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T1 - Bioluminescent lux gene biosensors in oral streptococci

T2 - Determination of complementary antimicrobial activity of minocycline hydrochloride with the anesthetic lidocaine/prilocaine or the antiseptic chlorhexidine

AU - Ton That, Viet

AU - Nguyen, Sarah

AU - Poon, David

AU - Shawn Monahan, W.

AU - Sauerwein, Rebecca

AU - Lafferty, Dan C.

AU - Teasdale, Lindsey Marie

AU - Rice, Amanda L.

AU - Carter, Winthrop

AU - Maier, Tom

AU - Machida, Curtis

PY - 2010/1/1

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N2 - Background: Plaque-induced periodontitis is gingival inflammation at sites undergoing loss of connective tissue, apical migration of junctional epithelium and loss of alveolar bone. Non-surgical treatment of plaque-induced periodontitis typically involves removal of biofilm conducted through mechanical scaling and root planing (SRP) procedures. The antibiotic minocycline hydrochloride, delivered as a sustainedrelease product1 used for professional subgingival administration into periodontal pockets, has been shown to be beneficial as an adjunct to conventional SRP. Use of chlorhexidine rinse is also a typical adjunct therapy to SRP procedures for chemical control of supragingival plaque. Lidocaine (2.5%) and prilocaine (2.5%)2 provides localized anesthesia for SRP. The objective of this study is to develop and use bioluminescent recombinants of oral streptococci in determining the potential antibacterial activity of minocycline hydrochloride used either alone or in combination with the anesthetic lidocaine/prilocaine, or with the antiseptic chlorhexidine. Methods: Recombinant plasmids containing the bioluminescence-generating lux gene from Photorhabdus luminescens were transformed into the oral bacterium Streptococcus mutans, strains UA159 and ATCC 25175. Transformants were verified as S. mutans derivatives by selection and growth on mitis salivarius agar supplemented with bacitracin, in addition to an antibody test directed specifically against S. mutans cell wall proteins and polymerase chain reaction experiments targeting sequences in the S. mutans glucosyltransferase (gtf) gene. S. mutans transformants were then subjected to growth analysis for comparison of absorbance and bioluminescence activity. Minocycline hydrochloride and lidocaine/prilocaine, or minocycline hydrochloride and chlorhexidine were used in combination to determine the potential interactive effects of these agents on the antibacterial activity of minocycline hydrochloride. Results: Using two distinct S. mutans transformants representing both strains UA159 and ATCC 25175, we observed rapid and pronounced bacteriostatic activity when using high doses of minocycline hydrochloride (>1 µg/ml), which were statistically distinct from untreated cultures (p=0.000058) when measured at the peak of metabolic activity. Reduced bacteriostatic activity was seen using lower doses. When lidocaine/prilocaine at doses >100 µg/ml is used in conjunction with minocycline hydrochloride, we observed an additive antibacterial effect. The S. mutans transformant strain UA159, when treated with chlorhexidine (0.01%) in conjunction with either high (1 µg/ml) or low (0.1 µg/ml) doses of minocycline hydrochloride, displayed reduced levels of cell mass accumulation, as measured by absorbance, that were additive when both antimicrobial agents were deployed. Bioluminescence determinations, which are a direct measure of metabolic activity and an indirect measure of cell number when cells are in logarithmic stage of growth, displayed similar reductions when cultures were treated with minocycline hydrochloride and chlorhexidine used singularly or in combination. Conclusions: The S. mutans lux transformants serve as sensitive biosensors in the determination of antimicrobial activity, and can rapidly monitor inhibition of bacterial metabolism. We conclude that the anesthetic lidocaine/prilocaine does not interfere with the potent bacteriostatic activity of minocycline hydrochloride, and actually has an additive antibacterial effect. The potent bacteriostatic activity of minocycline hydrochloride can also be complemented with the addition of chlorhexidine. The application of the lux biosensor system in the assessment of minocycline hydrochloride and lidocaine/prilocaine, or minocycline hydrochloride and chlorhexidine, represents its first use in examining antimicrobial drug interactions in periodontology.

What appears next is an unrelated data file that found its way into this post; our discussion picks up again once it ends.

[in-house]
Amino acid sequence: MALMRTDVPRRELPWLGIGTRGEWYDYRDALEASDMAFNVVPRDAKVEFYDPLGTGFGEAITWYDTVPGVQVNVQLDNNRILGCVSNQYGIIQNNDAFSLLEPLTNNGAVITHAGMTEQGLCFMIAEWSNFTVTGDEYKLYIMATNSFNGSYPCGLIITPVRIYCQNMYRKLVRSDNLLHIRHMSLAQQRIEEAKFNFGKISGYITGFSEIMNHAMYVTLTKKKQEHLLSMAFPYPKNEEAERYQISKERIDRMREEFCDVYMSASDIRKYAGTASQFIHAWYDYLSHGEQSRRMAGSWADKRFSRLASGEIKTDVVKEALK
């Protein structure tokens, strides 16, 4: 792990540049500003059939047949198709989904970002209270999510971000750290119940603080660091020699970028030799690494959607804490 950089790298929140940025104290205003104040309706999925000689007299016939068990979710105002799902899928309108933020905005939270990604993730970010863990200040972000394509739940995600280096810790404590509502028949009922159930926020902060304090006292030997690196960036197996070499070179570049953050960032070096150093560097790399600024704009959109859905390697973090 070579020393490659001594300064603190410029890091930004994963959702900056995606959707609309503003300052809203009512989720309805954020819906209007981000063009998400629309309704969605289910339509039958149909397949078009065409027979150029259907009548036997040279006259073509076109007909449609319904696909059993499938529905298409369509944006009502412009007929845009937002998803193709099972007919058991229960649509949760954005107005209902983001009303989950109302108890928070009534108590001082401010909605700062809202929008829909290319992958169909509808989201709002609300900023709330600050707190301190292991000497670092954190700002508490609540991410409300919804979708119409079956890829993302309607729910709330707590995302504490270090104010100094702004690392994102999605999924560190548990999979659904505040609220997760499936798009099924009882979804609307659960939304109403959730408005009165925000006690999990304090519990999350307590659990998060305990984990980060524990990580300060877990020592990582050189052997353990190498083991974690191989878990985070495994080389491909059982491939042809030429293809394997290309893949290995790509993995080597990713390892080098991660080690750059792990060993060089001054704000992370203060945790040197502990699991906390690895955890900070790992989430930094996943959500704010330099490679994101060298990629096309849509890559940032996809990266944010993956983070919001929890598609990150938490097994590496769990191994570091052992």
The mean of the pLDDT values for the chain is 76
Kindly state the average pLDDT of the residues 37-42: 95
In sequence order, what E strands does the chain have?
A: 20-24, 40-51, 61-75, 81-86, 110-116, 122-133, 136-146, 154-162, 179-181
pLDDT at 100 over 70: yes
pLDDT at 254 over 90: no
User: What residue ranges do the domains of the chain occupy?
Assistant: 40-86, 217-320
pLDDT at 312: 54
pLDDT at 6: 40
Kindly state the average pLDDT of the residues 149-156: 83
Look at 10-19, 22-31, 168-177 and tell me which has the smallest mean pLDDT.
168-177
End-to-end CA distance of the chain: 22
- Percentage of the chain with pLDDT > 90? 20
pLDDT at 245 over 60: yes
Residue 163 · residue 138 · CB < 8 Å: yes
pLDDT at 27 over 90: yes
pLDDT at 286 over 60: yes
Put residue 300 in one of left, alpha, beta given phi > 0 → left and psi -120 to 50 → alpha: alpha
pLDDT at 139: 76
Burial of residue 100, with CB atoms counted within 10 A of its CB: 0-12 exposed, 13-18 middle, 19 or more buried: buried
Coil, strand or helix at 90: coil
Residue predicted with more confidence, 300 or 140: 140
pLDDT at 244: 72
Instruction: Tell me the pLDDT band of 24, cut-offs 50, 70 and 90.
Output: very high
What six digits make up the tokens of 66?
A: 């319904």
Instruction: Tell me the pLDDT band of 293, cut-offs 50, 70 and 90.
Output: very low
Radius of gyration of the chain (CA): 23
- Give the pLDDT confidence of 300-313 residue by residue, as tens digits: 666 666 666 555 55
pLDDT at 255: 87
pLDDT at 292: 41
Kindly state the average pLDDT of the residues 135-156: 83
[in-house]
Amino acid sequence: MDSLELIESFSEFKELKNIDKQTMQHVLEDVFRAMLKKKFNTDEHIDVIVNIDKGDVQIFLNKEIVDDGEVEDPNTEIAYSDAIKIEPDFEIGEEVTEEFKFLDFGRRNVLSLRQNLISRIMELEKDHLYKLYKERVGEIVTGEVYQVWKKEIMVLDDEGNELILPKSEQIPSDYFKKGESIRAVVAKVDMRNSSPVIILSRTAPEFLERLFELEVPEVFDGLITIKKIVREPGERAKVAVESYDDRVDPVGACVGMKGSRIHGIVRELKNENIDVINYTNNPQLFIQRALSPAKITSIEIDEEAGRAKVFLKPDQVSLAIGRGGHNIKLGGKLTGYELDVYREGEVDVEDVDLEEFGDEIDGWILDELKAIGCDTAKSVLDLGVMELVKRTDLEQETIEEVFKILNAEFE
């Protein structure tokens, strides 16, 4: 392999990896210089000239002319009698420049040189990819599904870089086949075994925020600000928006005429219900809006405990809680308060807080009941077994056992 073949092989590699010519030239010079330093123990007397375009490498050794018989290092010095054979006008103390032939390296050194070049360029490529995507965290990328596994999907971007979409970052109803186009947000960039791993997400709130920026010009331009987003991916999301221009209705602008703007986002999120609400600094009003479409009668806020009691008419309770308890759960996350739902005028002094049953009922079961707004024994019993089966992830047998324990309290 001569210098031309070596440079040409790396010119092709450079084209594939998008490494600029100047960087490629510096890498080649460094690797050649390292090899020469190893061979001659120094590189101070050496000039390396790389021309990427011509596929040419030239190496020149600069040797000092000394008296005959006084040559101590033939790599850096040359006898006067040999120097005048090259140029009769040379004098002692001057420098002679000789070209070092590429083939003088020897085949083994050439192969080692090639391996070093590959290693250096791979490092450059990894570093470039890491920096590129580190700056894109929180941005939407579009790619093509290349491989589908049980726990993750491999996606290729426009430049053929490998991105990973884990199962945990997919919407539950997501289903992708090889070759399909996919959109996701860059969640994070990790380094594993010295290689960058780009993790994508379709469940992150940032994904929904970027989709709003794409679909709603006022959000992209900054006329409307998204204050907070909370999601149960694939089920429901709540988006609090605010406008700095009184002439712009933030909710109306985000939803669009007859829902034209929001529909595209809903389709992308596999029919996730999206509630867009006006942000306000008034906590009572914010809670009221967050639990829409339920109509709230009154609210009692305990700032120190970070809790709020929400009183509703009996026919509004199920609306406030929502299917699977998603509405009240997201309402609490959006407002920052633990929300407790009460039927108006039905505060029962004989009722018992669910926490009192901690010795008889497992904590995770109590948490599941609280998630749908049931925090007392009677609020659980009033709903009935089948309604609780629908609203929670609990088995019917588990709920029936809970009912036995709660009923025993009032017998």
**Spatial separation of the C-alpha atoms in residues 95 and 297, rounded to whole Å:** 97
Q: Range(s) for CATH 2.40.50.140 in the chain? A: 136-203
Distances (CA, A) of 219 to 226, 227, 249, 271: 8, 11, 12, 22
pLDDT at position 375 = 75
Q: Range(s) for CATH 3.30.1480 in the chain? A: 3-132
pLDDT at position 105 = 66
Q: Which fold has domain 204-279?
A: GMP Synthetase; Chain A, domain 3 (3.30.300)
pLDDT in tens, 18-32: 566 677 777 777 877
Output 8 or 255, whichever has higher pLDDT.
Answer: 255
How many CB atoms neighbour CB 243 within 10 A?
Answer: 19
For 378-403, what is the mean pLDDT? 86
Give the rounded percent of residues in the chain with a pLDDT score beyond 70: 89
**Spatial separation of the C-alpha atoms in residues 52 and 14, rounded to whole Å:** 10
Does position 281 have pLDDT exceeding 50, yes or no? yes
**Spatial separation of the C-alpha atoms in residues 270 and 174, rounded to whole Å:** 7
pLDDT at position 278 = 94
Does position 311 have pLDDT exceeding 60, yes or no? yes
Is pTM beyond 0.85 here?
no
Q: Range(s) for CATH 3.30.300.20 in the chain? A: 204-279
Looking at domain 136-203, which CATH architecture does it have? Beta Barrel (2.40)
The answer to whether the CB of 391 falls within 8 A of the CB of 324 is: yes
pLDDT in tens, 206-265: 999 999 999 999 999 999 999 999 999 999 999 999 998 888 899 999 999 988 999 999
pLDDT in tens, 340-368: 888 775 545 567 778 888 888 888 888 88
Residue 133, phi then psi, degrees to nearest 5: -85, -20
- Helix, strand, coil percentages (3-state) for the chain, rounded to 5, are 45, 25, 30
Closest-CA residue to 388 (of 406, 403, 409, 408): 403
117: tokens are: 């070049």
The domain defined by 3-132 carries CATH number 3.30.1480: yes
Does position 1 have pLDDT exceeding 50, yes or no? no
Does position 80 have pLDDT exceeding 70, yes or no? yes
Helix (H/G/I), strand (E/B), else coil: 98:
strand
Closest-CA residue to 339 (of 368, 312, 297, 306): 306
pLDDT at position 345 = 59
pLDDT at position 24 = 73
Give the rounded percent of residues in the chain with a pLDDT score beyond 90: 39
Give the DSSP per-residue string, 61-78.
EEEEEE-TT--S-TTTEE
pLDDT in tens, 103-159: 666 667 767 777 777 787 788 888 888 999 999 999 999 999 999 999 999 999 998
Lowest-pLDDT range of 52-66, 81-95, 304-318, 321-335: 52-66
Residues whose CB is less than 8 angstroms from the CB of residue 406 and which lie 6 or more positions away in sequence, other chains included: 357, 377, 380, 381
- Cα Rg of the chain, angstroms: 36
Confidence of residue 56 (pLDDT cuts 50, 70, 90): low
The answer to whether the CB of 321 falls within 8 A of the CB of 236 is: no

AB - Background: Plaque-induced periodontitis is gingival inflammation at sites undergoing loss of connective tissue, apical migration of junctional epithelium and loss of alveolar bone. Non-surgical treatment of plaque-induced periodontitis typically involves removal of biofilm conducted through mechanical scaling and root planing (SRP) procedures. The antibiotic minocycline hydrochloride, delivered as a sustainedrelease product1 used for professional subgingival administration into periodontal pockets, has been shown to be beneficial as an adjunct to conventional SRP. Use of chlorhexidine rinse is also a typical adjunct therapy to SRP procedures for chemical control of supragingival plaque. Lidocaine (2.5%) and prilocaine (2.5%)2 provides localized anesthesia for SRP. The objective of this study is to develop and use bioluminescent recombinants of oral streptococci in determining the potential antibacterial activity of minocycline hydrochloride used either alone or in combination with the anesthetic lidocaine/prilocaine, or with the antiseptic chlorhexidine. Methods: Recombinant plasmids containing the bioluminescence-generating lux gene from Photorhabdus luminescens were transformed into the oral bacterium Streptococcus mutans, strains UA159 and ATCC 25175. Transformants were verified as S. mutans derivatives by selection and growth on mitis salivarius agar supplemented with bacitracin, in addition to an antibody test directed specifically against S. mutans cell wall proteins and polymerase chain reaction experiments targeting sequences in the S. mutans glucosyltransferase (gtf) gene. S. mutans transformants were then subjected to growth analysis for comparison of absorbance and bioluminescence activity. Minocycline hydrochloride and lidocaine/prilocaine, or minocycline hydrochloride and chlorhexidine were used in combination to determine the potential interactive effects of these agents on the antibacterial activity of minocycline hydrochloride. Results: Using two distinct S. mutans transformants representing both strains UA159 and ATCC 25175, we observed rapid and pronounced bacteriostatic activity when using high doses of minocycline hydrochloride (>1 µg/ml), which were statistically distinct from untreated cultures (p=0.000058) when measured at the peak of metabolic activity. Reduced bacteriostatic activity was seen using lower doses. When lidocaine/prilocaine at doses >100 µg/ml is used in conjunction with minocycline hydrochloride, we observed an additive antibacterial effect. The S. mutans transformant strain UA159, when treated with chlorhexidine (0.01%) in conjunction with either high (1 µg/ml) or low (0.1 µg/ml) doses of minocycline hydrochloride, displayed reduced levels of cell mass accumulation, as measured by absorbance, that were additive when both antimicrobial agents were deployed. Bioluminescence determinations, which are a direct measure of metabolic activity and an indirect measure of cell number when cells are in logarithmic stage of growth, displayed similar reductions when cultures were treated with minocycline hydrochloride and chlorhexidine used singularly or in combination. Conclusions: The S. mutans lux transformants serve as sensitive biosensors in the determination of antimicrobial activity, and can rapidly monitor inhibition of bacterial metabolism. We conclude that the anesthetic lidocaine/prilocaine does not interfere with the potent bacteriostatic activity of minocycline hydrochloride, and actually has an additive antibacterial effect. The potent bacteriostatic activity of minocycline hydrochloride can also be complemented with the addition of chlorhexidine. The application of the lux biosensor system in the assessment of minocycline hydrochloride and lidocaine/prilocaine, or minocycline hydrochloride and chlorhexidine, represents its first use in examining antimicrobial drug interactions in periodontology.